January 23, 2014
A 2013 survey shows that nearly everyone sends and receives text messages. The popularity and widespread use of texting among adults in business contexts has implications for individuals and companies facing potential and pending litigation. For example, a party who fails to preserve and produce responsive text messages in the discovery phase of litigation may be sanctioned for spoliation of evidence.
Recent court decisions have articulated parties’ obligations when it comes to text messages:
- A party has a duty to preserve written communications, including text messages, related to the litigation.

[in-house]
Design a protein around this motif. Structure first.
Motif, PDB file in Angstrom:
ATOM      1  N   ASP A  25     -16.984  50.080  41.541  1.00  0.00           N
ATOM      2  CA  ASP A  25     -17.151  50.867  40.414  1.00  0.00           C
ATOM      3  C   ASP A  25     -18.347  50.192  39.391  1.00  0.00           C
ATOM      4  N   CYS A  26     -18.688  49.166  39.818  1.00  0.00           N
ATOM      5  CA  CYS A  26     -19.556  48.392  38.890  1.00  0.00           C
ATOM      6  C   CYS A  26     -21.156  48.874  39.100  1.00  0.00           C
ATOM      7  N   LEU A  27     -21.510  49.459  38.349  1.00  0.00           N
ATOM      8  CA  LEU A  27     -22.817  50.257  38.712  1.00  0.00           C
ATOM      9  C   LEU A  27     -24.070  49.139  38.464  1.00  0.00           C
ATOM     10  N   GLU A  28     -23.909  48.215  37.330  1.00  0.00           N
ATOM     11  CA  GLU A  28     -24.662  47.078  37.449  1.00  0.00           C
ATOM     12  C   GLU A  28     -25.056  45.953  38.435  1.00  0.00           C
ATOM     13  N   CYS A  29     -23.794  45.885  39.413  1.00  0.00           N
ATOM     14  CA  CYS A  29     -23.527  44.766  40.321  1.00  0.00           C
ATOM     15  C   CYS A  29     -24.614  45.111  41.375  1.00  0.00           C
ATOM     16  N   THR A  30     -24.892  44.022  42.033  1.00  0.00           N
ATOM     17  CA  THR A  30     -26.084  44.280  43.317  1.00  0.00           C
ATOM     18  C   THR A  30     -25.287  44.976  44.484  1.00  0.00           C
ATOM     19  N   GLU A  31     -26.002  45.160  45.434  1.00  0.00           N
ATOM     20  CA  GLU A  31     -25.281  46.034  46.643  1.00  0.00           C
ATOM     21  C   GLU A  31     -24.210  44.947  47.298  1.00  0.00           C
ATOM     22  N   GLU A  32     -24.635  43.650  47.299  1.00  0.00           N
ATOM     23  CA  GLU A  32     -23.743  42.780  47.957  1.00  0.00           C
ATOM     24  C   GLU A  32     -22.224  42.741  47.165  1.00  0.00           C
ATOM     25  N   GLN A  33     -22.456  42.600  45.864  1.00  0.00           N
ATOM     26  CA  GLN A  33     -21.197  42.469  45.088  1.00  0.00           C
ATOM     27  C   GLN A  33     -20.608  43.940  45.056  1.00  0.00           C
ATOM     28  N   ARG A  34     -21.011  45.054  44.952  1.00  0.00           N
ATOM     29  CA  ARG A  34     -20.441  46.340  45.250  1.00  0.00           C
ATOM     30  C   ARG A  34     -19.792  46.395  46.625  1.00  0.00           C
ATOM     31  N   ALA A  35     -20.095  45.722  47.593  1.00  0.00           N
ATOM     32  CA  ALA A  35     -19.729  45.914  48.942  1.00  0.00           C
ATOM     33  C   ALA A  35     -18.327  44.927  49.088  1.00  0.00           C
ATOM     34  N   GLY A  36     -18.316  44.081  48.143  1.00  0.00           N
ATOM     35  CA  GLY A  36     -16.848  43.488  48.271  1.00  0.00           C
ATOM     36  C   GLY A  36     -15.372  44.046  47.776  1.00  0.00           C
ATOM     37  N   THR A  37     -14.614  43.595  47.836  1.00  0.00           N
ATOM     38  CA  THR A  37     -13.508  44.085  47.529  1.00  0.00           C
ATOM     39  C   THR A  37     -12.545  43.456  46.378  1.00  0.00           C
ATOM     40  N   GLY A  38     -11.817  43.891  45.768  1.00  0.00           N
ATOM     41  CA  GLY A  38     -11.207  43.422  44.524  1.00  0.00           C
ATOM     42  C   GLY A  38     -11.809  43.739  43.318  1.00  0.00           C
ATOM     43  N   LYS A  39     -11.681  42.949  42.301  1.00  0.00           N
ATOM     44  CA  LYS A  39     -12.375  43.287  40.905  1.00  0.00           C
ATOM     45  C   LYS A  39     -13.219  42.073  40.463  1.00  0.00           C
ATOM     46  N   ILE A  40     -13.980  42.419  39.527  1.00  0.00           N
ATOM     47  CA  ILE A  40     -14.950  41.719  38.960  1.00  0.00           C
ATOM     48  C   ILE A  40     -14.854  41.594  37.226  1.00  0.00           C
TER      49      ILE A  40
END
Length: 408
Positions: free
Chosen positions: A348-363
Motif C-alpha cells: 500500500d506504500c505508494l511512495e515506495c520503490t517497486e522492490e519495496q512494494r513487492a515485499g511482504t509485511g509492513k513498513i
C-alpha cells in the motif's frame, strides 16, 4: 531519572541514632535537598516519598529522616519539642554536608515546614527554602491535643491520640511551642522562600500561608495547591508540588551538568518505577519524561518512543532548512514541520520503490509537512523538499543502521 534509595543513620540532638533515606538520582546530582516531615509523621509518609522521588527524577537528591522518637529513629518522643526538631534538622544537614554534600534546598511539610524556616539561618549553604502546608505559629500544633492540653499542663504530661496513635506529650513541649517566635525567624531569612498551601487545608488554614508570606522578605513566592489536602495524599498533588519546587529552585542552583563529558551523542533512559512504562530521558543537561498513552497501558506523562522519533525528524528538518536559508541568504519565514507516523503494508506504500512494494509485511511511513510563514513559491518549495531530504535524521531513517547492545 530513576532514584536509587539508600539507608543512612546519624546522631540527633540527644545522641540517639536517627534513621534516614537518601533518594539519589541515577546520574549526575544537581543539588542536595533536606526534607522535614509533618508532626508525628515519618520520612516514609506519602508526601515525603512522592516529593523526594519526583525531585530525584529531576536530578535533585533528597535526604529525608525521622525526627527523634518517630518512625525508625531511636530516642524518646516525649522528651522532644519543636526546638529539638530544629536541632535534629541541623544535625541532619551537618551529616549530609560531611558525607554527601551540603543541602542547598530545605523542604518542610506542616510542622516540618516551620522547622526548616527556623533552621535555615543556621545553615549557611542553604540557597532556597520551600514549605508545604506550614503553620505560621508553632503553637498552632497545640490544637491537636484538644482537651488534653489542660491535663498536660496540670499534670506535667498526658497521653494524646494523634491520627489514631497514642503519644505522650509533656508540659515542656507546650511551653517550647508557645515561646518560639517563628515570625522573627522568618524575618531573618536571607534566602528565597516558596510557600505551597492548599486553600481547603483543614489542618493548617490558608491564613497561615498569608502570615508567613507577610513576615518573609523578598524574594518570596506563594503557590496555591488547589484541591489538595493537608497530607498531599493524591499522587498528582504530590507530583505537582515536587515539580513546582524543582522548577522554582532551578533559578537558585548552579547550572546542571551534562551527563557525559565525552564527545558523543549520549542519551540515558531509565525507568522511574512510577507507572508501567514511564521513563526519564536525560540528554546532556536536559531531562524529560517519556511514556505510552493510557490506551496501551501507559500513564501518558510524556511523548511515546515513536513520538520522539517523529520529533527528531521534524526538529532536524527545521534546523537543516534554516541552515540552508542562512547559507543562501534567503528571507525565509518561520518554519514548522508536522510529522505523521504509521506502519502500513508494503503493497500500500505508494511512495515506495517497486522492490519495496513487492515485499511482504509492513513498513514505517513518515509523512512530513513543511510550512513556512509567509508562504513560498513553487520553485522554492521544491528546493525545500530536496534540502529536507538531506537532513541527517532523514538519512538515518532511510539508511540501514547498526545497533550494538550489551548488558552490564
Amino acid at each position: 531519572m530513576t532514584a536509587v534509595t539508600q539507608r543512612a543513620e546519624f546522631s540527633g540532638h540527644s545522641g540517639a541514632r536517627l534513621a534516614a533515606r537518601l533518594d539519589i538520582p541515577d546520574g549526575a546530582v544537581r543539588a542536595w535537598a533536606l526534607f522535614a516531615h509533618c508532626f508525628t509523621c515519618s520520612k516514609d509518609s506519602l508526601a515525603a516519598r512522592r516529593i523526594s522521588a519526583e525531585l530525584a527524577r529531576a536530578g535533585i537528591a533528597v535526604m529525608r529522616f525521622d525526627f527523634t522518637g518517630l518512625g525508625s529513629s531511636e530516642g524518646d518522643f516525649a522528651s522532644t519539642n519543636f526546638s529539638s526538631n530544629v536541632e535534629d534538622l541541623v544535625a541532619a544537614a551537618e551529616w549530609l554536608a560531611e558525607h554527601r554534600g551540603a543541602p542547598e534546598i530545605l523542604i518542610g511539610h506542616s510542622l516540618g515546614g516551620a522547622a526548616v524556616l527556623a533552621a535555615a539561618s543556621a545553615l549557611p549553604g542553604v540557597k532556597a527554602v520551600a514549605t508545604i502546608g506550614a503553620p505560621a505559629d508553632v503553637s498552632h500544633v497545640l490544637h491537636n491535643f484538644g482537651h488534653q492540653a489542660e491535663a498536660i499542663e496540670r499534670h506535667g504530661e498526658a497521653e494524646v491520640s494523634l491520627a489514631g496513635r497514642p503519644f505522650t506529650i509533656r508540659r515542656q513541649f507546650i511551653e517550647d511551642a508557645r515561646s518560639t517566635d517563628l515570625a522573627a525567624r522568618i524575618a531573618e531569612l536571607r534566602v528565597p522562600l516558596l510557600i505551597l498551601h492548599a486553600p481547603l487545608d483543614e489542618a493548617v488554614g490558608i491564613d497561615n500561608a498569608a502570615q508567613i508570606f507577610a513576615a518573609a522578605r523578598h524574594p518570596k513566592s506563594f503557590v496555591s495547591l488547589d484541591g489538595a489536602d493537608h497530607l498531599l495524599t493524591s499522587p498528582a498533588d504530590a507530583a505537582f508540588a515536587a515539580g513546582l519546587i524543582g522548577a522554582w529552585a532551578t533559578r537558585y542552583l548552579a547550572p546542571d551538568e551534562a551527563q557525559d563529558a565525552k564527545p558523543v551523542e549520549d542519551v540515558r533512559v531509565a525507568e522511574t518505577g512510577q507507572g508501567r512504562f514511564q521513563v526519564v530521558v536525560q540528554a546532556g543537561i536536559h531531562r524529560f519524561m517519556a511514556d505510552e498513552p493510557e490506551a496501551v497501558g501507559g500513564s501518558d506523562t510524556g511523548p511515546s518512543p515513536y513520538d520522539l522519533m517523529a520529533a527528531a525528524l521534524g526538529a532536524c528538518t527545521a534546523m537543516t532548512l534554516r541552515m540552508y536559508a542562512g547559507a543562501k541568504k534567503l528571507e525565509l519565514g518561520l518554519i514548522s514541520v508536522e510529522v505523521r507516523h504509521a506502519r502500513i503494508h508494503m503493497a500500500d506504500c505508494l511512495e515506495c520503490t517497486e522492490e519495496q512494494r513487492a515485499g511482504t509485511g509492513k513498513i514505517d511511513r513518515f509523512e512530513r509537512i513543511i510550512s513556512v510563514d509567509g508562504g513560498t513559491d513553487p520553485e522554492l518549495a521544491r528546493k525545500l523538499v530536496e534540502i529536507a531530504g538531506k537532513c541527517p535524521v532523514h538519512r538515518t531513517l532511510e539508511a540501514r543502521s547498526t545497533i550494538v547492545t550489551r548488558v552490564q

- A company must explain to its employees that the litigation hold includes text messages.
- Failure to stop the automated deletion of employee text messages on company-issued phones is sanctionable.
The Feature Article, linked below, discusses the popularity of texting, gives recent examples of how the production of text messages has significantly affected investigations involving public figures and cites cases in which a party’s failure to preserve and produce text messages has resulted in sanctions. The Feature also links to several Practical Law resources to help companies and their counsel fulfil their duty to preserve potentially relevant text messages.
Visit Practical Law to see the full Feature Article.